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Demonstrators shout slogans as they hold up flags of the city of Quito in front of a Julian Assange poster during yesterday's march.
Demonstrators shout slogans as they hold up flags of the city of Quito in front of a Julian Assange poster during yesterday's march.
Image: Dolores Ochoa/AP

Ecuador says attempts to storm embassy 'would be suicide'

The people of Ecuador have rallied behind president Rafael Correa after he granted political asylum to Julian Assange.
Aug 21st 2012, 8:39 AM 6,031 50

THE PRESIDENT OF ECUADOR has warned the United Kingdom that it would be committing ‘political suicide’ by stripping his country’s embassy of its diplomatic status and entering it to arrest Julian Assange.

In an interview with state television – his first since granting political asylum to the WikiLeaks founder last week – Rafael Correa criticised the UK for its threat to temporarily remove the building’s special status, under which it is considered beyond the jurisdiction of British police.

“While the United Kingdom hasn’t retracted nor apologised, the danger still exists,” the BBC quotes Correa as saying.

From a diplomatic point of view, he said, it would “suicide for Great Britain” to do so.

“Then people could enter their diplomatic premises all around the world and they wouldn’t be able to say a thing,” he added.

Sky News added a further quote where Correa said the development would “be a precedent that would allow later on for the diplomatic premises [of the UK] in other territories to be violated in every corner of the planet.”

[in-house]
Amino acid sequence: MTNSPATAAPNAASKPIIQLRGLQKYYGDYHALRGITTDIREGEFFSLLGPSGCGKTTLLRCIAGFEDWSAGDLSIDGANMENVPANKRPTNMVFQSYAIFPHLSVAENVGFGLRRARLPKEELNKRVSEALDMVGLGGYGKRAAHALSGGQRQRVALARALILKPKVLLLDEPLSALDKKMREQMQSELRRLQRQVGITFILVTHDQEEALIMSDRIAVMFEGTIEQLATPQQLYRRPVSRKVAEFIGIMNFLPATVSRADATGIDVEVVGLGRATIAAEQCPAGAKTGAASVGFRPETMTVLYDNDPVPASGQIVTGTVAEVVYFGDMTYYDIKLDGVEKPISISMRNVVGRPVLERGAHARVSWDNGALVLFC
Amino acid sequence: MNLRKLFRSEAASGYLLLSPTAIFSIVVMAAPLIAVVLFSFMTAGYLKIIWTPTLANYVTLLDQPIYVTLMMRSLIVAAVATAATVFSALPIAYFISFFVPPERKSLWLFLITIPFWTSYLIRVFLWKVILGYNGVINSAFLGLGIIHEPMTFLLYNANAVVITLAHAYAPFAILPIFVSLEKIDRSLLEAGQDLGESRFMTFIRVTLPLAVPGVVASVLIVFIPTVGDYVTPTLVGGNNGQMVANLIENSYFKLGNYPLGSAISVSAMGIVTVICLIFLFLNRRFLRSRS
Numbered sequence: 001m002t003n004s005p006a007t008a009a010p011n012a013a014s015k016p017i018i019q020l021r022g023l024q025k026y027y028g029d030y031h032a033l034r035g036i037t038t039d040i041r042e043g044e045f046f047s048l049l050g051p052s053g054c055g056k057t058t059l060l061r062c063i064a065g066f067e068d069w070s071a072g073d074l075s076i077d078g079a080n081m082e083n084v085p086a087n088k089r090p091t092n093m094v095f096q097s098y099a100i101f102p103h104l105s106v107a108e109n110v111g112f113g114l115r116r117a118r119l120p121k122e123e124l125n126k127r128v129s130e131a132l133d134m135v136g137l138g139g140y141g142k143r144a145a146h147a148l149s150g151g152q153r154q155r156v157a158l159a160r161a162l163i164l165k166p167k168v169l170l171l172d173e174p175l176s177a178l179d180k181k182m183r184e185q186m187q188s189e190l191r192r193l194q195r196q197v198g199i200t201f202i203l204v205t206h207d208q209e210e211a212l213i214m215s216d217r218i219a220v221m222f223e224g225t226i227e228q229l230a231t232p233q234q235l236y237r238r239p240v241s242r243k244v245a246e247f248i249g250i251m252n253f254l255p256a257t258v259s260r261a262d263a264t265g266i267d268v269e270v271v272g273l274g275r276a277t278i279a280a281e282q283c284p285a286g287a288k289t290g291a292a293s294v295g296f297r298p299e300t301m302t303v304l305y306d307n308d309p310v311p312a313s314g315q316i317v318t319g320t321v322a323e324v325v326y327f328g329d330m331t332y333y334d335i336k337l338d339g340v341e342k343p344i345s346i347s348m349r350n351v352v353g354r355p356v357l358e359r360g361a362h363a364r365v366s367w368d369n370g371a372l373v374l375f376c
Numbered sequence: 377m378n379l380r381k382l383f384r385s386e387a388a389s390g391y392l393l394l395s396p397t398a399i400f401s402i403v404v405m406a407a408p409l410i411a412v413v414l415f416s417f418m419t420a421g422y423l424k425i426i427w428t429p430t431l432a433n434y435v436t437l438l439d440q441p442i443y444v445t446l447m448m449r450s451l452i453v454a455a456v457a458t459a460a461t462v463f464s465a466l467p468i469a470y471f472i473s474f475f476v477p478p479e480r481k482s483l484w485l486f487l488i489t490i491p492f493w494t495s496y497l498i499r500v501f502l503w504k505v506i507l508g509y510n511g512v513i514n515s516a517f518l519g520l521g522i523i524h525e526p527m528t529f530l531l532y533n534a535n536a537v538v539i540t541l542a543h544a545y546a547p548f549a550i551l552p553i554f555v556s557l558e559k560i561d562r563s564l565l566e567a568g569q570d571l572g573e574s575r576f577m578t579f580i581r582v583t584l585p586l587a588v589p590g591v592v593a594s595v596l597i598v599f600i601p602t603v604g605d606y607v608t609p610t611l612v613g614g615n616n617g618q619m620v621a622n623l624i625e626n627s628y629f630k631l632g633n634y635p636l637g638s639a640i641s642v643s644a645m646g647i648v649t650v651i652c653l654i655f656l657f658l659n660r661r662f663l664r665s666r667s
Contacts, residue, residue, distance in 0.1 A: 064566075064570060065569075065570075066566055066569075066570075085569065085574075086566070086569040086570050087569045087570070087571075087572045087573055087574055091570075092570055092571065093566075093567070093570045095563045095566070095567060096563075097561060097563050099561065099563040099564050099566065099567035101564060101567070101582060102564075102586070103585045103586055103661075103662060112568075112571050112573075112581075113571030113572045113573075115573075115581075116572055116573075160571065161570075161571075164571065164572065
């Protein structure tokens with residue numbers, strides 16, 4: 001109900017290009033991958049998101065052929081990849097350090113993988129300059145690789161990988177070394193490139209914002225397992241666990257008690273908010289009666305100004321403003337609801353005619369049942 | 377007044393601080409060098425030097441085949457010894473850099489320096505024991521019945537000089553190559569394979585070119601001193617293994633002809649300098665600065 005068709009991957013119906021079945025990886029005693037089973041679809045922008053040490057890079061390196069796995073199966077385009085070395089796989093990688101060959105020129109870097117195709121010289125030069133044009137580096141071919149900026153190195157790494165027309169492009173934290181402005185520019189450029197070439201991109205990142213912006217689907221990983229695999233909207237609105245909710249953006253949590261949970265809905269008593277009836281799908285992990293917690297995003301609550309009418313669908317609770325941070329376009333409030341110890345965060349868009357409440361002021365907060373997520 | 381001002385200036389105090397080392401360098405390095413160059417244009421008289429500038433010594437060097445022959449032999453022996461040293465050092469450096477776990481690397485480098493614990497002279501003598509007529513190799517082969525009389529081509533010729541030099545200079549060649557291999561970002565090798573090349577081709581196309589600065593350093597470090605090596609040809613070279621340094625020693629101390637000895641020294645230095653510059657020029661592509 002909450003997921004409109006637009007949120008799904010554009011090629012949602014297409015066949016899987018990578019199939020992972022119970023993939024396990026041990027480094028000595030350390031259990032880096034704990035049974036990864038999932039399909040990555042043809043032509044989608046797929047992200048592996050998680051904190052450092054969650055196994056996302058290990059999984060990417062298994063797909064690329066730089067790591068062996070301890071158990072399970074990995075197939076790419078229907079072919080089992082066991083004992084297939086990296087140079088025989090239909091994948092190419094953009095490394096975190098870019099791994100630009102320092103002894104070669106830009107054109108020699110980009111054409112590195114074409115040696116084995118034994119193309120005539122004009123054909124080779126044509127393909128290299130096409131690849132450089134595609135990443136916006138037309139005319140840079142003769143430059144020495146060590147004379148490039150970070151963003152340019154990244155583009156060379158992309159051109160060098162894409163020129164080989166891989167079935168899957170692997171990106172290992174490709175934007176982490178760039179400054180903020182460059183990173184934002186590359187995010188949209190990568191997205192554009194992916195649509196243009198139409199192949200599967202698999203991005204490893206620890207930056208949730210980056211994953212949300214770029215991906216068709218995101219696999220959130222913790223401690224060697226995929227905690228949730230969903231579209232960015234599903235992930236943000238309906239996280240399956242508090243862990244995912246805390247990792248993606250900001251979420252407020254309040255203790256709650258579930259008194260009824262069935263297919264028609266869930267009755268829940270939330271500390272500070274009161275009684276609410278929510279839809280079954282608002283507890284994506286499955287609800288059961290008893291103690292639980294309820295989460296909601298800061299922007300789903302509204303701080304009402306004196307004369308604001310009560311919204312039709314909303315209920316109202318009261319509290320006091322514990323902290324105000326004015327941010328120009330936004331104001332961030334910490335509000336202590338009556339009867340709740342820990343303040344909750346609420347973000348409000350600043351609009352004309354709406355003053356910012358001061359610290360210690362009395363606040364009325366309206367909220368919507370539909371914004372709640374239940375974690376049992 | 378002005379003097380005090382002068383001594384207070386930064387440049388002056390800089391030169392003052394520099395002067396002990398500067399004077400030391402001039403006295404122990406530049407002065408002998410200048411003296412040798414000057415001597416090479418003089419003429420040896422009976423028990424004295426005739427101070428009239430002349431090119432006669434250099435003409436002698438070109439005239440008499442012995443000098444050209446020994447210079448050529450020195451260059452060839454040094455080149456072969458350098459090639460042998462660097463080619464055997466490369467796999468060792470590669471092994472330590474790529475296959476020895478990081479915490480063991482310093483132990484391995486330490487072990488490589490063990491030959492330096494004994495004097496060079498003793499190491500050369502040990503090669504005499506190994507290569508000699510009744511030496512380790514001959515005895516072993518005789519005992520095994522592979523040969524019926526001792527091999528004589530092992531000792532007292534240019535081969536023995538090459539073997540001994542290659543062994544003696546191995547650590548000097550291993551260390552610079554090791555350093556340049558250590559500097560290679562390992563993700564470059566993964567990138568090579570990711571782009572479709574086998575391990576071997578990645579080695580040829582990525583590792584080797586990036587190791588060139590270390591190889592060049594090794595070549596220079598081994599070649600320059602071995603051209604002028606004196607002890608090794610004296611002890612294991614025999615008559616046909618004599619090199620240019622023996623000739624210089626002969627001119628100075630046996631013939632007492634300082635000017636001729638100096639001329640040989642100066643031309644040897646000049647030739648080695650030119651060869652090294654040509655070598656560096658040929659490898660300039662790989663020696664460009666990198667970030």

While Assange has been granted asylum, he cannot leave the embassy to travel to Ecuador because doing so would require him to pass through areas under British police jurisdiction.

UK authorities remain committed to arresting Assange in order to honour a European arrest warrant issued by Sweden. Assange has lost two Supreme Court cases seeking to avoid his extradition to Sweden, where he is wanted on outstanding sexual assault charges.

March in support

Correa has been hailed domestically for his bold stance, with Reuters reporting that hundreds had taken to the streets of Ecuador’s capital, Quito, yesterday to march in his support.

“We’re here to support the timely and correct decision to grant asylum to Julian Assange and also to reject the hostile reaction of Great Britain in cahoots with United States,” one lawyer who joined the march said.

Correa said he may enlist the assistance of the United Nations if it is needed to secure safe passage for Assange from the Ecuadorian embassy in London’s Knightsbridge to the country itself.

Reuters said another option was the International Court of Justice, which could force Britain to allow Ecuadorian protectees to be given unfettered travel to that country.

A meeting of the Organisation of American States on Friday may see further support for Correa, with other Latin American leaders expected to support Correa’s opposition to any British threat to overlook the special status of embassies.

That status is enshrined in the 1961 Vienna Convention, and sees countries treat others’ embassies as if they were a legitimate part of that country.

Read: Assange calls on US to drop ‘witch-hunt against WikiLeaks’

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Gavan Reilly


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